[e2e] ICMP & TCP segments with IP ID = 0?

Jon Crowcroft J.Crowcroft at cs.ucl.ac.uk
Thu May 17 00:04:37 PDT 2001

In message <20010516195158.A3788 at fred.local>, Andi Kleen typed:

in the back of my mind there's some sort of idea that we still might
want to be able to tel the difference between an original and a
mistaken copy (loop) for cases where there are < 2^16 packets on
the net at once intentionally (note that 2^16 near MTUs worth of
packets is quite a lot actually - its not a tcp window byte size value

but yes, i can think of lots of optimisation/implementation reasons why
zeroing out a packet template once per transport+ip session  
is faster than yet another ++ operation per packet

btw, if you look back in the ipng archives you'll find a proposal from
me and zheng to re-use the ip id field as extra address space (we
trawled all the fields that were in ip that would be freed up if we
knew we could leave out all the things people didnt think were good in
ipv4 like fragmentation, options, etc) - much cleaner than nats and

of course deadbeef would be just as good a value (if it was 16 bit) as

 >>On Wed, May 16, 2001 at 07:20:44PM +0200, Greg Minshall wrote:
 >>> > Why are they evil? ipid is only useful for defragmentation, and perhaps 
 >>> > to recover from bugs in IP checksum ...
 >>> i think this is one of those "be conservative in what you send" things.  the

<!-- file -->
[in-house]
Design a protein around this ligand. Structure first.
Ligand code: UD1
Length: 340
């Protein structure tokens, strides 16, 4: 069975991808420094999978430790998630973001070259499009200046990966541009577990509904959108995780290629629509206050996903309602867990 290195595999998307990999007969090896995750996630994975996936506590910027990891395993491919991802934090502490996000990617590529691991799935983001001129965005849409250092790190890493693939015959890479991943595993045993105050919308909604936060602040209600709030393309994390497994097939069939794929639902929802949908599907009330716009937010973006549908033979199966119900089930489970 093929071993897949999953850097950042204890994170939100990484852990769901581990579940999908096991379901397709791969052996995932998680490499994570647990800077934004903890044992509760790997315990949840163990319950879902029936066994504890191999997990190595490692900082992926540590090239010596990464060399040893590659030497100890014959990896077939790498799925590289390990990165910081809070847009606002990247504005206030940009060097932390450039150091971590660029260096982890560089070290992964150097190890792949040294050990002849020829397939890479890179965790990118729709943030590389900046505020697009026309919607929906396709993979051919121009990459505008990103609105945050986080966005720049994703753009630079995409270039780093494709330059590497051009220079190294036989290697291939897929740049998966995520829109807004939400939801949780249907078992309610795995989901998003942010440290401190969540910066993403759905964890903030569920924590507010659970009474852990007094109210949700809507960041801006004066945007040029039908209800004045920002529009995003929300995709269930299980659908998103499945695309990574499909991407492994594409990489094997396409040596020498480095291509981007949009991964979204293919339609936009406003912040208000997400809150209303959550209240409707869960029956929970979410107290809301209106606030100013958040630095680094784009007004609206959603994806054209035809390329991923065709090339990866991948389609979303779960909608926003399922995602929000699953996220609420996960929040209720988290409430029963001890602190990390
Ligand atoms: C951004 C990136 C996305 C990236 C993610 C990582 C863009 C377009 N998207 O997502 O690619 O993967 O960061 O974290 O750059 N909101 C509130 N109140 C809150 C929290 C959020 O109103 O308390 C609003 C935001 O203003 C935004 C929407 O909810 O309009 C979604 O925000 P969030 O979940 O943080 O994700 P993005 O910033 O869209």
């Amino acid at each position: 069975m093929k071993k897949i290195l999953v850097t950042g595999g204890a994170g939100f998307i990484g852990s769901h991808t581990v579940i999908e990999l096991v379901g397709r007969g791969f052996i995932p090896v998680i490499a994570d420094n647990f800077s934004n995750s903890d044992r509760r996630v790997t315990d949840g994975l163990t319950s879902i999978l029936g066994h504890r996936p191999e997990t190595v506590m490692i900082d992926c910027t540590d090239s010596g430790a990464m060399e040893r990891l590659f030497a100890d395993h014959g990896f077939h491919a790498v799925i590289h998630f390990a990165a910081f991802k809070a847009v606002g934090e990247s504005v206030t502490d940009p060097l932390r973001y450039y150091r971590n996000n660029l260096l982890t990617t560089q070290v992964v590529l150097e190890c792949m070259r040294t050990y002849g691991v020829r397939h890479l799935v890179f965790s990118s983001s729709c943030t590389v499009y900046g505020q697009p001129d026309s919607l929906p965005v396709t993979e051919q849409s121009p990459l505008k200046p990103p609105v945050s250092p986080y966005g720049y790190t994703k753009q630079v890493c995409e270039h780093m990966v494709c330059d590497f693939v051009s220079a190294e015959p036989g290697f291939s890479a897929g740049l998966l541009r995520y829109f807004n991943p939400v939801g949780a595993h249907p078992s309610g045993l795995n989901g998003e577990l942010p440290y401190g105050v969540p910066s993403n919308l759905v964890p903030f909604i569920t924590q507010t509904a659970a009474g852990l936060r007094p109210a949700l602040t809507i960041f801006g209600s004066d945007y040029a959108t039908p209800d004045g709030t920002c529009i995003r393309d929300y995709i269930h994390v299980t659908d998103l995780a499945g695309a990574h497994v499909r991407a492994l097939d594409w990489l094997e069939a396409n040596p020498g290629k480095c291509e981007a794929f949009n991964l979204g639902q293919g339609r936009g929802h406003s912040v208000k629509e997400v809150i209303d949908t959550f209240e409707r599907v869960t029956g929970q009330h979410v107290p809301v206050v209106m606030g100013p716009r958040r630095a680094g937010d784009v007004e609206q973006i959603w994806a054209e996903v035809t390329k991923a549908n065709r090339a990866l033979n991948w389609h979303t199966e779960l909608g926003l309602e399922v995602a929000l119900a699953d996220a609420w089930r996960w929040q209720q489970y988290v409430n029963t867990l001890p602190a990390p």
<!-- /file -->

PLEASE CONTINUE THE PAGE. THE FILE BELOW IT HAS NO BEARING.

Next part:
>>> conservative thing to do, i would argue, is to obey the principle of least 
 >>> surprise and send unique IDs; this is what systems expect, orthogonal from DF 
 >>> or not DF.  (of course, the rest of the world should obey the second half: "be 
 >>> liberal in what you accept", and so deal with ID == 0.)
 >>The problem is that generating them is relatively costly for various
 >>reasons in current linux (it's a longer story why that is so), and as there
 >>was no good reason found to keep them they were turned off for DF=0. 
 >>Also I generally don't believe IP IDs are very useful for anything anymore 
 >>with current network speeds, the 16bit space is simply far too small and 
 >>wraps in a jiffy on any reasonable network 
 >>(fortunately fragmentation is not too common anymore and mostly only used
 >>on low latency links, otherwise it would be surely a bigger problem). 



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